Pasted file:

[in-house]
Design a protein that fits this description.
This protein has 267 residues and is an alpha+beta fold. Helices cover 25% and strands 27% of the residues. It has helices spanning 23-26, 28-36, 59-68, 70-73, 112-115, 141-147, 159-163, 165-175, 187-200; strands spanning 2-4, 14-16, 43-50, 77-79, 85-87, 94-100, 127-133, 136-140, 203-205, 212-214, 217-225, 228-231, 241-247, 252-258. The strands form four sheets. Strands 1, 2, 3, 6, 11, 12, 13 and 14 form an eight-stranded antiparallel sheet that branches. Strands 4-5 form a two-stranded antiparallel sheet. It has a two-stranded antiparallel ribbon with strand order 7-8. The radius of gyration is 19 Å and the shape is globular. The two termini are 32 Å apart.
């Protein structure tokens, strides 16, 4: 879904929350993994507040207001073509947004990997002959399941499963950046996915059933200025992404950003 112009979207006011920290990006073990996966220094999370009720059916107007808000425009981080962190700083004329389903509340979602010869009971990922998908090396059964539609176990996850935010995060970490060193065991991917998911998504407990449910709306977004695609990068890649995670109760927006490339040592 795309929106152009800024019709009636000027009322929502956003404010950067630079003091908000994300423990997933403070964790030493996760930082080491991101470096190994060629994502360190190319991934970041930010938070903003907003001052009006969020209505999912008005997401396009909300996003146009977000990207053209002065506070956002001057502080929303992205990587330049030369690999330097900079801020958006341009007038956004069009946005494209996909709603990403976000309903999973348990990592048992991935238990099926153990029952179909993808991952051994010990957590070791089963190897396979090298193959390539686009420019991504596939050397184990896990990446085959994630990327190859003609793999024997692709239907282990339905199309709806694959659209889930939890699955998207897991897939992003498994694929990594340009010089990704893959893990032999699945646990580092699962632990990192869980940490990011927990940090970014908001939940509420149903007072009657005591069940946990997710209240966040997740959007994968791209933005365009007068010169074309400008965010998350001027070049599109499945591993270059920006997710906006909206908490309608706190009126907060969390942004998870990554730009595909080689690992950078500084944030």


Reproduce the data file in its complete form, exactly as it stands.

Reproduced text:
[in-house]
Design a protein that fits this description.
This protein has 267 residues and is an alpha+beta fold. Helices cover 25% and strands 27% of the residues. It has helices spanning 23-26, 28-36, 59-68, 70-73, 112-115, 141-147, 159-163, 165-175, 187-200; strands spanning 2-4, 14-16, 43-50, 77-79, 85-87, 94-100, 127-133, 136-140, 203-205, 212-214, 217-225, 228-231, 241-247, 252-258. The strands form four sheets. Strands 1, 2, 3, 6, 11, 12, 13 and 14 form an eight-stranded antiparallel sheet that branches. Strands 4-5 form a two-stranded antiparallel sheet. It has a two-stranded antiparallel ribbon with strand order 7-8. The radius of gyration is 19 Å and the shape is globular. The two termini are 32 Å apart.
């Protein structure tokens, strides 16, 4: 879904929350993994507040207001073509947004990997002959399941499963950046996915059933200025992404950003 112009979207006011920290990006073990996966220094999370009720059916107007808000425009981080962190700083004329389903509340979602010869009971990922998908090396059964539609176990996850935010995060970490060193065991991917998911998504407990449910709306977004695609990068890649995670109760927006490339040592 795309929106152009800024019709009636000027009322929502956003404010950067630079003091908000994300423990997933403070964790030493996760930082080491991101470096190994060629994502360190190319991934970041930010938070903003907003001052009006969020209505999912008005997401396009909300996003146009977000990207053209002065506070956002001057502080929303992205990587330049030369690999330097900079801020958006341009007038956004069009946005494209996909709603990403976000309903999973348990990592048992991935238990099926153990029952179909993808991952051994010990957590070791089963190897396979090298193959390539686009420019991504596939050397184990896990990446085959994630990327190859003609793999024997692709239907282990339905199309709806694959659209889930939890699955998207897991897939992003498994694929990594340009010089990704893959893990032999699945646990580092699962632990990192869980940490990011927990940090970014908001939940509420149903007072009657005591069940946990997710209240966040997740959007994968791209933005365009007068010169074309400008965010998350001027070049599109499945591993270059920006997710906006909206908490309608706190009126907060969390942004998870990554730009595909080689690992950078500084944030």